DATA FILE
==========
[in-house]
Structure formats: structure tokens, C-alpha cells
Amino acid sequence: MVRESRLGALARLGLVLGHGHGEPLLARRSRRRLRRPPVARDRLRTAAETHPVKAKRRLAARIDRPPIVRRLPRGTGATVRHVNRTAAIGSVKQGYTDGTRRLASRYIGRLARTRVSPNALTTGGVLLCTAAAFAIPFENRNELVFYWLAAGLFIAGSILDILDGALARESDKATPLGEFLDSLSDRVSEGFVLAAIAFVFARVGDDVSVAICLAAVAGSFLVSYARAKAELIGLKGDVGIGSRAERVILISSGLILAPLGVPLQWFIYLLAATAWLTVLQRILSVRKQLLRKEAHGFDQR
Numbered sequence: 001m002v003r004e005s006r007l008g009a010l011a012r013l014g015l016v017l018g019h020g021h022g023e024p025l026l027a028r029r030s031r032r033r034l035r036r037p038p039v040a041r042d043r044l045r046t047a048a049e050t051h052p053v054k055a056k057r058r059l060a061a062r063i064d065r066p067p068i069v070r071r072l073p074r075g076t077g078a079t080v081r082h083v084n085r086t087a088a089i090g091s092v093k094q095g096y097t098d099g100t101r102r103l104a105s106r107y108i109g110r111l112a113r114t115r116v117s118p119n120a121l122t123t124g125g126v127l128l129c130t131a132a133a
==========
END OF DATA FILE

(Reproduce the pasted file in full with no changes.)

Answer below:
[in-house]
Structure formats: structure tokens, C-alpha cells
Amino acid sequence: MVRESRLGALARLGLVLGHGHGEPLLARRSRRRLRRPPVARDRLRTAAETHPVKAKRRLAARIDRPPIVRRLPRGTGATVRHVNRTAAIGSVKQGYTDGTRRLASRYIGRLARTRVSPNALTTGGVLLCTAAAFAIPFENRNELVFYWLAAGLFIAGSILDILDGALARESDKATPLGEFLDSLSDRVSEGFVLAAIAFVFARVGDDVSVAICLAAVAGSFLVSYARAKAELIGLKGDVGIGSRAERVILISSGLILAPLGVPLQWFIYLLAATAWLTVLQRILSVRKQLLRKEAHGFDQR
Numbered sequence: 001m002v003r004e005s006r007l008g009a010l011a012r013l014g015l016v017l018g019h020g021h022g023e024p025l026l027a028r029r030s031r032r033r034l035r036r037p038p039v040a041r042d043r044l045r046t047a048a049e050t051h052p053v054k055a056k057r058r059l060a061a062r063i064d065r066p067p068i069v070r071r072l073p074r075g076t077g078a079t080v081r082h083v084n085r086t087a088a089i090g091s092v093k094q095g096y097t098d099g100t101r102r103l104a105s106r107y108i109g110r111l112a113r114t115r116v117s118p119n120a121l122t123t124g125g126v127l128l129c130t131a132a133a